(Reuters) – Asian aviation officials said airlines would have to inform China of their flight plans before entering airspace over waters disputed with Japan, forcing carriers to acknowledge China’s authority over a newly declared “Air Defense Identification Zone”.

China published coordinates for the zone on the weekend. The area, about two-thirds the size of the United Kingdom, covers most of the East China Sea and the skies over a group of uninhabited islands at the center of a bitter row between Beijing and Tokyo.

While China said the new rules would not affect “normal operations” for international flights, it added that it would take “defensive emergency measures” against aircraft that failed to identify themselves properly.

Japan and ally the United States have sharply criticized the move, warning of an escalation into the “unexpected” if Beijing enforces the rules. China’s Defense Ministry said on Monday it had lodged protests with both countries’ embassies in Beijing, saying such remarks were unfounded and irresponsible.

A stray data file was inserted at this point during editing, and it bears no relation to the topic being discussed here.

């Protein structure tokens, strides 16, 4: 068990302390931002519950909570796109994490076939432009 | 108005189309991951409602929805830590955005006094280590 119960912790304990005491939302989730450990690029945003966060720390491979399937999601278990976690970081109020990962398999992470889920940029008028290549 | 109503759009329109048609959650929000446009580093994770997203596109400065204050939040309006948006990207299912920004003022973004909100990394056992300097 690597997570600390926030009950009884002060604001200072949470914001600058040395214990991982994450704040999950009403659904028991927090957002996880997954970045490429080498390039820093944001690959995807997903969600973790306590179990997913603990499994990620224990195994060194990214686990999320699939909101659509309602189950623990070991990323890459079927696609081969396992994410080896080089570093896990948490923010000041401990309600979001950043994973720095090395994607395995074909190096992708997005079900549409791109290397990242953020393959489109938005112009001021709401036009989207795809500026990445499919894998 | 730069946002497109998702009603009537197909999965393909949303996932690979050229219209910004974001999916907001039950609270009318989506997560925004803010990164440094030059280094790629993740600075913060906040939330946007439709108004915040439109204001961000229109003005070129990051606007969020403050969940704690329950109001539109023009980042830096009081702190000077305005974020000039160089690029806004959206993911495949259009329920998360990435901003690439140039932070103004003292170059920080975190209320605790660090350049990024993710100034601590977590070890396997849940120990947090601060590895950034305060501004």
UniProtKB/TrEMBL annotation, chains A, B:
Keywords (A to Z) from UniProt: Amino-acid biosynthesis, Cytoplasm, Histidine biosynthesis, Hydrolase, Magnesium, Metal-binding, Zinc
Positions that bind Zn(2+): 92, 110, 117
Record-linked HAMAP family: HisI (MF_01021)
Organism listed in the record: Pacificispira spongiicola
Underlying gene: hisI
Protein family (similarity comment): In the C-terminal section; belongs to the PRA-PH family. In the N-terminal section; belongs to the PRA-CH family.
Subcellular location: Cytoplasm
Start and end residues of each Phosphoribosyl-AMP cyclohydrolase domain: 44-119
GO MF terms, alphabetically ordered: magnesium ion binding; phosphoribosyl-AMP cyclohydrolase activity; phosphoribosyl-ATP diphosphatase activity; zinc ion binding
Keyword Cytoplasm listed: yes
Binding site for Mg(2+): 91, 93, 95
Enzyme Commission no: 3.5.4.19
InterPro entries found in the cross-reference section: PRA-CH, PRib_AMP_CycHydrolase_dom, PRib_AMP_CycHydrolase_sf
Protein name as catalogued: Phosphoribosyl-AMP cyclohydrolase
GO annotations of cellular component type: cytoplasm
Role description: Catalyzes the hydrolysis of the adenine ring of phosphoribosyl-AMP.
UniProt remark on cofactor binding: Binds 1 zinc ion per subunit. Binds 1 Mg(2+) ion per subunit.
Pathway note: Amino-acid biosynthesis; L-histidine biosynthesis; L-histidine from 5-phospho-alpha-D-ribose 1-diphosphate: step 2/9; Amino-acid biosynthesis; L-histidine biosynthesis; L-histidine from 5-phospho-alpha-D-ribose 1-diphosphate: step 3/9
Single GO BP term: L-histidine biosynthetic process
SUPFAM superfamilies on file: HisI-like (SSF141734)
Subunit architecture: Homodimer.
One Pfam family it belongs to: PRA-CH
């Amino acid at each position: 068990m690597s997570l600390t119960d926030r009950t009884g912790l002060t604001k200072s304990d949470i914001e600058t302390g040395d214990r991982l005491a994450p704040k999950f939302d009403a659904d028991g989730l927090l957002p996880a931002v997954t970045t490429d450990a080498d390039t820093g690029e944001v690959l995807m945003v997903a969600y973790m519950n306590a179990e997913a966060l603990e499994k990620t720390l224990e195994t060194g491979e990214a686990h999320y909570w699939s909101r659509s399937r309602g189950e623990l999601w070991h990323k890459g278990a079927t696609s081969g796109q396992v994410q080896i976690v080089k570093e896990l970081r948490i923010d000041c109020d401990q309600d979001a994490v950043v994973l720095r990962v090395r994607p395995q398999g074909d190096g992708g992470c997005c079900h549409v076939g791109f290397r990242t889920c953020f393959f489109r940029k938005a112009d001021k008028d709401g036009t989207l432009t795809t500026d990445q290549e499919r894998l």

A transport ministry official in Seoul said South Korean planes flying in the new zone would notify China’s civil aviation authorities of their flight plans.

Yi Shin-Juang, deputy director of the air-traffic service division of the Taiwan Civil Aeronautics Administration, said Taiwanese carriers would issue similar notifications, but would not be required to adjust flight paths.

An official at the Japan Civil Aviation Bureau said Japanese airlines flying through the region to non-mainland Chinese destinations would likely need to inform China of their plans.

“Airlines have been advised to take greater care in the area,” said another bureau official.

Korean Air said China’s proclamation meant flight plans would have to be delivered to Chinese authorities but the routes its pilots took would not be affected.

Japan Airlines and ANA Holdings said the zone had not affected their flights through the area.

The zone was a problem for Japan, the United States and other countries that may be wary of any acknowledgement of China’s claims over the area, Asian and Western diplomats said. see more

source: reuters